Remembering Derek Parfit: Philosophy and identity

Image credit: Anna Riedl

You are in a hospital, unconscious. Your body has suffered irretrievable damage in an accident, but your brain has remained intact. The doctors are working to transplant it to the body of a patient with severe damage. You wake up, look at your body, and find that it is not the one you had before. Is your identity tied with that of your mind, or your body? Are you still the same self?

We each have a sense of self, and regard it as a serious consideration in looking for an explanation of identity - if a theory cannot explain our sense of self, it must be missing something. Yet we are still in the midst of an irresolvable conflict between having a sense of self, but not an explanation for it. The problem goes deeper still: we also don’t know whether we persist as the same self in time due solely to psychological or bodily continuity. Locke, for example, believed that identity lies in memories - all we are is all that we can remember., and that therefore our identity refers to our mind, or psychological continuity. He refers to a scenario like the one above, and points to the fact that we identify with our mind. Philosophers have attacked the theory, wielding a series of thought experiments. One, in particular, goes: imagine that a brain is split into two; one is put in a person A’s body, the other in person B. Are they the same person, and share the same identity?  How can two people be the same person? Consequently, others argue that identity refers to bodily continuity, as it is the biological processes like breathing and metabolism that give us life, and hence are uniquely ours. This isn’t quite right either, because when we refer to the same situation, we do intuitively associate with our mind over our body. 

For Parfit, the question of what constitutes our self is a mistake - he didn’t believe there is an adequate criterion for identity. Our identity is found in our entirety, and the relations between our components, in the same way that nations or states exist. He found abandoning the idea of a substantive self liberating. This was not an esoteric revelation; once he adopted the view, its implications for his ethical theory were explosive. He was most concerned with how we make ethical decisions based on moral responsibilities towards people of the future - for example, we believe it is right to combat climate change to protect our descendants. Yet he abandons the notion of people of the future, and argues for ethical decision-making that is focused on the present.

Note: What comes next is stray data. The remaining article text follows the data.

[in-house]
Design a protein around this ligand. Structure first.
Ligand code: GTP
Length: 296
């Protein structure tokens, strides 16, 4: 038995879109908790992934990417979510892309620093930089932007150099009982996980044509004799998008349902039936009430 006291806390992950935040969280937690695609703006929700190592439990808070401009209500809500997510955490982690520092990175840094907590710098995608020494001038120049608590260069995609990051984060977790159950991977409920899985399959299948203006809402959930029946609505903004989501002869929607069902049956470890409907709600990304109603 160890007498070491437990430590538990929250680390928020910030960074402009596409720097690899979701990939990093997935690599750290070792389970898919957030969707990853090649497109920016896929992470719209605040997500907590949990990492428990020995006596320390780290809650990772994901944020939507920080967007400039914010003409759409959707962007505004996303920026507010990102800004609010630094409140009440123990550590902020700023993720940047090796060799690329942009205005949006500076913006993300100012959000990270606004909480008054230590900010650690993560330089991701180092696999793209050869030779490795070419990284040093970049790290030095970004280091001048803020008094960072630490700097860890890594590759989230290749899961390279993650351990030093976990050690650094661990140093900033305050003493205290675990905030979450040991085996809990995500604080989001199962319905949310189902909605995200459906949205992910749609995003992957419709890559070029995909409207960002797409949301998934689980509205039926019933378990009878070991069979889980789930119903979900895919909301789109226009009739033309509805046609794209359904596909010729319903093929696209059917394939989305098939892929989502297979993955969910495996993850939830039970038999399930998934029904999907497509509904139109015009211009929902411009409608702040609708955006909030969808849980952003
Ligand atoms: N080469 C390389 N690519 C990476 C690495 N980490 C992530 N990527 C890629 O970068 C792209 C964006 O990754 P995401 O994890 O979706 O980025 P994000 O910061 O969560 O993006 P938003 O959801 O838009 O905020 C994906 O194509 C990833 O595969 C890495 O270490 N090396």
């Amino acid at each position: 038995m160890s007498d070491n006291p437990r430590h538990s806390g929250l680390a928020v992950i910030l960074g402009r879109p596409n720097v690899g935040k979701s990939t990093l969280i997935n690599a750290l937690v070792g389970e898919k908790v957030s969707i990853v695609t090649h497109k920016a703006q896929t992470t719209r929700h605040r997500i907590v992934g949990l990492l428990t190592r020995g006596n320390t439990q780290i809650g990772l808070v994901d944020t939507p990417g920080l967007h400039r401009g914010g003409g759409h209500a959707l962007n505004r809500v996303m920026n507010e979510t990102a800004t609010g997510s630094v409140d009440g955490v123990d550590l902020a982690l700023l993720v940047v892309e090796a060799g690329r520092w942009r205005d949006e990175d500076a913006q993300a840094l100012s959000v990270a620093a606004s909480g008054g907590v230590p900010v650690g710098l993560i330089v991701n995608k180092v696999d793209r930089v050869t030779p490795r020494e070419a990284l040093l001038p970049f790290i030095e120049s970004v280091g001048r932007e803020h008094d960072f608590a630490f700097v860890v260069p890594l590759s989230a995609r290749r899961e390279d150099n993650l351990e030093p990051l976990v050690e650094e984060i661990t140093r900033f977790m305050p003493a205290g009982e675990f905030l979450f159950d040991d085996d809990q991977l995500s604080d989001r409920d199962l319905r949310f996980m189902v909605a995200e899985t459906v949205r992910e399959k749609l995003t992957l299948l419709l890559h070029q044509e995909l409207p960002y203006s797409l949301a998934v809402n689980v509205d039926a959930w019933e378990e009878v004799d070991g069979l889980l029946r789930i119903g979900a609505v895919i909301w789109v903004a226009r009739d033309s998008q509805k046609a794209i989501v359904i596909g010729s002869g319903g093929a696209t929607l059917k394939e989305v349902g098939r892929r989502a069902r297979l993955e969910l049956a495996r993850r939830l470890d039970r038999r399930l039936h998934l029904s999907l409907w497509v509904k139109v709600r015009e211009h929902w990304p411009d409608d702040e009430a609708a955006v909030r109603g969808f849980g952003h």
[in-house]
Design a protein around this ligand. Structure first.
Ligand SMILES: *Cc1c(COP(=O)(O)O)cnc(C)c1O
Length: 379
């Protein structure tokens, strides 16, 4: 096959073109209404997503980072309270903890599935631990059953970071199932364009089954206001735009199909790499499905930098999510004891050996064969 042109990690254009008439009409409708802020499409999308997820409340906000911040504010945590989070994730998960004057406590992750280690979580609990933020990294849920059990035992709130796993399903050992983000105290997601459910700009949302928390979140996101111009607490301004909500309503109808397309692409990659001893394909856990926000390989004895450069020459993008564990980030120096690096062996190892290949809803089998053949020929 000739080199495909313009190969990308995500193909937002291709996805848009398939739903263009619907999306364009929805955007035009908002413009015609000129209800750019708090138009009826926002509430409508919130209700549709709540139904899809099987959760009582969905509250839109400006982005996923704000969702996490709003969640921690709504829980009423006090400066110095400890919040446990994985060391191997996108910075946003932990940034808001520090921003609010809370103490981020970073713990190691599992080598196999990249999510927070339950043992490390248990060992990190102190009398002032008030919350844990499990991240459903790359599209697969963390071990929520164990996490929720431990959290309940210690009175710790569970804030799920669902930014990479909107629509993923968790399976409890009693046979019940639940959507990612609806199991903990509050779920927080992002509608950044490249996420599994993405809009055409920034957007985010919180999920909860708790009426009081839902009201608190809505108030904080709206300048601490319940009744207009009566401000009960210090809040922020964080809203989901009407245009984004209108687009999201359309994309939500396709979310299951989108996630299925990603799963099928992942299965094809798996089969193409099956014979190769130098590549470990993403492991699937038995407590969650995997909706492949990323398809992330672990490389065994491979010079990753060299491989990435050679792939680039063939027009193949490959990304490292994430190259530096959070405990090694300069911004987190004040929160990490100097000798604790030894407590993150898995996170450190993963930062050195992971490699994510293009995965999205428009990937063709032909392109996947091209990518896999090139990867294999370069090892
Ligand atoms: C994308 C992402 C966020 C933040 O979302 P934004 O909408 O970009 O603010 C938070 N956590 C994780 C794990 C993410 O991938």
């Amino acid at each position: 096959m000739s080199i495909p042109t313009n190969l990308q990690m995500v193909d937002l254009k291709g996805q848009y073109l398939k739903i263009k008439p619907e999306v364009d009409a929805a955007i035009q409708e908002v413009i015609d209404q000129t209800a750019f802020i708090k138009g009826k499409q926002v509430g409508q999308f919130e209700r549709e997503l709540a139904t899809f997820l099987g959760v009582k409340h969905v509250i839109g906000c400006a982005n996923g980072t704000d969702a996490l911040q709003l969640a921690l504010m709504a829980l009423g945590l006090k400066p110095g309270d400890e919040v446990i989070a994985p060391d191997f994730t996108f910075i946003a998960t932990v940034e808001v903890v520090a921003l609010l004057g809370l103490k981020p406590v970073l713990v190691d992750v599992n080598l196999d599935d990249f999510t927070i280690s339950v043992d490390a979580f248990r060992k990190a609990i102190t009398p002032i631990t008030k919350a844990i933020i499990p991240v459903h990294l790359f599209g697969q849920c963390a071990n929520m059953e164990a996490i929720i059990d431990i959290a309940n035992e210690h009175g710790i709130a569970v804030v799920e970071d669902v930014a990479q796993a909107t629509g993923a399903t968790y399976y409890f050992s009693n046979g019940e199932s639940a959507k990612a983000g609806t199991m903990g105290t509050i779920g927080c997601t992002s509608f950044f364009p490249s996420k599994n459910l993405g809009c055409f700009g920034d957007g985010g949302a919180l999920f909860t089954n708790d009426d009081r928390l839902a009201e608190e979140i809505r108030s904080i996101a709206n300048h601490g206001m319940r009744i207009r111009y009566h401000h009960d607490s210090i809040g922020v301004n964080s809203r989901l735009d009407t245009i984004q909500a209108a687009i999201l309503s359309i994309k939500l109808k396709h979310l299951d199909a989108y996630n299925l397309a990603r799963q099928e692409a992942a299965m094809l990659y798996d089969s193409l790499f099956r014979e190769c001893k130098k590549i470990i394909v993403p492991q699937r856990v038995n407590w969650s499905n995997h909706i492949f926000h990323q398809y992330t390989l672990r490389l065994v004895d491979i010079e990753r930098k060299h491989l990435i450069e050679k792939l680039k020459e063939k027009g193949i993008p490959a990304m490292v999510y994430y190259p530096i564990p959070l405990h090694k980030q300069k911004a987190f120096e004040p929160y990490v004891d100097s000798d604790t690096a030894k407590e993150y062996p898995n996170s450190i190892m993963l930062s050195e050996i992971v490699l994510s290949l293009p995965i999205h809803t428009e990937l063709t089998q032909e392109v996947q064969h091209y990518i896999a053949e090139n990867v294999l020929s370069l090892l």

Picture two copies of Harry Potter and the Order of the Phoenix smushed together into one. Now, imagine three separate volumes of this, and you have Derek Parfit’s beast of a book, On What Matters. Parfit was a philosopher of today’s age, and his views on personal identity and ethics remain one of the most tantalisingly counter-intuitive, yet personal. He asked a question which, in most discussions of personal identity, we forget, yet which precedes all others: do we have one? For all of his academic career, Parfit worked at All Souls College at Oxford, where he was an Emeritus Senior Research Fellow. Larissa MacFarquhar’s profile of him in the New Yorker described him: “In the way that he moves and carries himself, Parfit gives the impression of one who is unaware of being looked at, perhaps because he spends so much time alone. He clutches his computer bag. He fidgets. His hair is white and fluffy and has settled into a pageboy of the kind that was fashionable for men in the fifteenth century. He wears the same outfit every day: white shirt, black trousers.” At a time when moral subjectivity, the belief that our morals are mere extensions of our desires, was the norm, he refused to believe it. He thought, we care too much about ethics, and give it such precedence, for it just to be about desires.

For me, Parfit embodies the untiring drive for answers, and a fearlessness to face what evidence tells us, no matter how counter-intuitive or uncomfortable it is. He passed away on 1 January of this year, but his theories, which have been described as the most original in moral philosophy in the English-speaking world, will live on. 

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